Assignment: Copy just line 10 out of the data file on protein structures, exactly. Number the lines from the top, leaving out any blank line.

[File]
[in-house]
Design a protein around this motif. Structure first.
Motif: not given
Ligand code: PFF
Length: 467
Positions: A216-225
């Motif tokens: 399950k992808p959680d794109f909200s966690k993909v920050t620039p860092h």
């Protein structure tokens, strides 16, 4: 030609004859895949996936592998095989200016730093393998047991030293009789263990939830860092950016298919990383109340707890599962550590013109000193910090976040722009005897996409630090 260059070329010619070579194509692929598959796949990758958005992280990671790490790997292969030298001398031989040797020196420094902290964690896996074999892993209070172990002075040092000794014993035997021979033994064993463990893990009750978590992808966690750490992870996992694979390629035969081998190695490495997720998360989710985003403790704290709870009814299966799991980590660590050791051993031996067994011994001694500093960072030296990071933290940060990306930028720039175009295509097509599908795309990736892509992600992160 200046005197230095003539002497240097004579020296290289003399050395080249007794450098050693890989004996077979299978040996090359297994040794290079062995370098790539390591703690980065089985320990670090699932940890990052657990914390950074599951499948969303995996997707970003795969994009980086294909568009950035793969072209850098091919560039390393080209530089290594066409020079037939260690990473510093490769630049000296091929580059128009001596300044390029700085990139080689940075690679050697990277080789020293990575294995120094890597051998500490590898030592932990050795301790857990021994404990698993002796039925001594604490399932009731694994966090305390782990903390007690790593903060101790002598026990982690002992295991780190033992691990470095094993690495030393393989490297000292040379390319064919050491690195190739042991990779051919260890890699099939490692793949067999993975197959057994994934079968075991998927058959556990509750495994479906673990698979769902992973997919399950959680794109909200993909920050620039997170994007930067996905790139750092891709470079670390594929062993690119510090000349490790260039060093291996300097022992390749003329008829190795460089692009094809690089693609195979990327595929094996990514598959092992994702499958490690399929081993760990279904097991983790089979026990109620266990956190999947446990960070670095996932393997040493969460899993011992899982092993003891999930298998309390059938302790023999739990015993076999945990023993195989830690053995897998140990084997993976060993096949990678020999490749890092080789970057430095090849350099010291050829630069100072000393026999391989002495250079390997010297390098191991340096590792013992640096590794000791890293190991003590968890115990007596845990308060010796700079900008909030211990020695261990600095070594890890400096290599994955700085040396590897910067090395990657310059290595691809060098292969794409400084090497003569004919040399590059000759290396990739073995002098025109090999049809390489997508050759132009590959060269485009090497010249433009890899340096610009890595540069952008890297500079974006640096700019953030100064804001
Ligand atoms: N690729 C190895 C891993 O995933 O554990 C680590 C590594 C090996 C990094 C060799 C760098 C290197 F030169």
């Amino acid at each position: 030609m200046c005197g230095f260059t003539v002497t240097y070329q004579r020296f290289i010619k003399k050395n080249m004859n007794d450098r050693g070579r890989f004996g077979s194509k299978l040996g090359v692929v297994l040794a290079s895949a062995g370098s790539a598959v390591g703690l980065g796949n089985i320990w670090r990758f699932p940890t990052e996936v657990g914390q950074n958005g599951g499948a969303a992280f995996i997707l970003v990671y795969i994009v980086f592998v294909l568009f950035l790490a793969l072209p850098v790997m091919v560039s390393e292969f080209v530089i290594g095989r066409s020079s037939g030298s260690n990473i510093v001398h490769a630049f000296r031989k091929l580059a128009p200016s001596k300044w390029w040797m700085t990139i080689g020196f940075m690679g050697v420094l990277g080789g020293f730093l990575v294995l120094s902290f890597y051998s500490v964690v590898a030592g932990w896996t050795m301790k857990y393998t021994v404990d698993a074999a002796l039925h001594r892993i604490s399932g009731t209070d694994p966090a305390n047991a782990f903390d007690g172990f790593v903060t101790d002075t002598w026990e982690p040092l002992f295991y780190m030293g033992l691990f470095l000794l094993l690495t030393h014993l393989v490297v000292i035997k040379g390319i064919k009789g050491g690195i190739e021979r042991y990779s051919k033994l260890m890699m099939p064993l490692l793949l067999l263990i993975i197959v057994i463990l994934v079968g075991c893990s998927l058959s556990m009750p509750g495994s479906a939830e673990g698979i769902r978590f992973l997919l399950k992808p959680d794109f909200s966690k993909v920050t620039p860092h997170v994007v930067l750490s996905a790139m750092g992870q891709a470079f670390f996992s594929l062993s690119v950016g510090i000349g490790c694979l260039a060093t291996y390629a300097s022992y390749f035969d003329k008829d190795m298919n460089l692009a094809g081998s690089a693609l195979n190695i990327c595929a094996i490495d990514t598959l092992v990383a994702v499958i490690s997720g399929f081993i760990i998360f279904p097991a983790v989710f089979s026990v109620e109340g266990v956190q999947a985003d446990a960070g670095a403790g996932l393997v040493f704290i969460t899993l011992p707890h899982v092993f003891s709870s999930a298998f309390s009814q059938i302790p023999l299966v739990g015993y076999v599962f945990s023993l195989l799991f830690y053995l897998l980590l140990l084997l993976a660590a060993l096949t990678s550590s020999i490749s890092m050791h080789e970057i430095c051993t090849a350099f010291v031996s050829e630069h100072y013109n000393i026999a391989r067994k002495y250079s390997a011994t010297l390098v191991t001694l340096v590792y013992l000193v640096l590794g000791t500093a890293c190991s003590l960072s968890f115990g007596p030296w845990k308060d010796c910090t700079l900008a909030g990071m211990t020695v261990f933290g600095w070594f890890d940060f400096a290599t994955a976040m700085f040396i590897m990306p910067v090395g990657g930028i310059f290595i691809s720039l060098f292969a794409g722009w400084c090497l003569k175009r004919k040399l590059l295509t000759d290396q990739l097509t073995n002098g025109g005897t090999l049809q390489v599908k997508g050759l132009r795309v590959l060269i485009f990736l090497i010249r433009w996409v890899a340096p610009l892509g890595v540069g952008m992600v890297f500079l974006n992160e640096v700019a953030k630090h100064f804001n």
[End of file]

């Amino acid at each position: 030609m200046c005197g230095f260059t003539v002497t240097y070329q004579r020296f290289i010619k003399k050395n080249m004859n007794d450098r050693g070579r890989f004996g077979s194509k299978l040996g090359v692929v297994l040794a290079s895949a062995g370098s790539a598959v390591g703690l980065g796949n089985i320990w670090r990758f699932p940890t990052e996936v657990g914390q950074n958005g599951g499948a969303a992280f995996i997707l970003v990671y795969i994009v980086f592998v294909l568009f950035l790490a793969l072209p850098v790997m091919v560039s390393e292969f080209v530089i290594g095989r066409s020079s037939g030298s260690n990473i510093v001398h490769a630049f000296r031989k091929l580059a128009p200016s001596k300044w390029w040797m700085t990139i080689g020196f940075m690679g050697v420094l990277g080789g020293f730093l990575v294995l120094s902290f890597y051998s500490v964690v590898a030592g932990w896996t050795m301790k857990y393998t021994v404990d698993a074999a002796l039925h001594r892993i604490s399932g009731t209070d694994p966090a305390n047991a782990f903390d007690g172990f790593v903060t101790d002075t002598w026990e982690p040092l002992f295991y780190m030293g033992l691990f470095l000794l094993l690495t030393h014993l393989v490297v000292i035997k040379g390319i064919k009789g050491g690195i190739e021979r042991y990779s051919k033994l260890m890699m099939p064993l490692l793949l067999l263990i993975i197959v057994i463990l994934v079968g075991c893990s998927l058959s556990m009750p509750g495994s479906a939830e673990g698979i769902r978590f992973l997919l399950k992808p959680d794109f909200s966690k993909v920050t620039p860092h997170v994007v930067l750490s996905a790139m750092g992870q891709a470079f670390f996992s594929l062993s690119v950016g510090i000349g490790c694979l260039a060093t291996y390629a300097s022992y390749f035969d003329k008829d190795m298919n460089l692009a094809g081998s690089a693609l195979n190695i990327c595929a094996i490495d990514t598959l092992v990383a994702v499958i490690s997720g399929f081993i760990i998360f279904p097991a983790v989710f089979s026990v109620e109340g266990v956190q999947a985003d446990a960070g670095a403790g996932l393997v040493f704290i969460t899993l011992p707890h899982v092993f003891s709870s999930a298998f309390s009814q059938i302790p023999l299966v739990g015993y076999v599962f945990s023993l195989l799991f830690y053995l897998l980590l140990l084997l993976a660590a060993l096949t990678s550590s020999i490749s890092m050791h080789e970057i430095c051993t090849a350099f010291v031996s050829e630069h100072y013109n000393i026999a391989r067994k002495y250079s390997a011994t010297l390098v191991t001694l340096v590792y013992l000193v640096l590794g000791t500093a890293c190991s003590l960072s968890f115990g007596p030296w845990k308060d010796c910090t700079l900008a909030g990071m211990t020695v261990f933290g600095w070594f890890d940060f400096a290599t994955a976040m700085f040396i590897m990306p910067v090395g990657g930028i310059f290595i691809s720039l060098f292969a794409g722009w400084c090497l003569k175009r004919k040399l590059l295509t000759d290396q990739l097509t073995n002098g025109g005897t090999l049809q390489v599908k997508g050759l132009r795309v590959l060269i485009f990736l090497i010249r433009w996409v890899a340096p610009l892509g890595v540069g952008m992600v890297f500079l974006n992160e640096v700019a953030k630090h100064f804001n």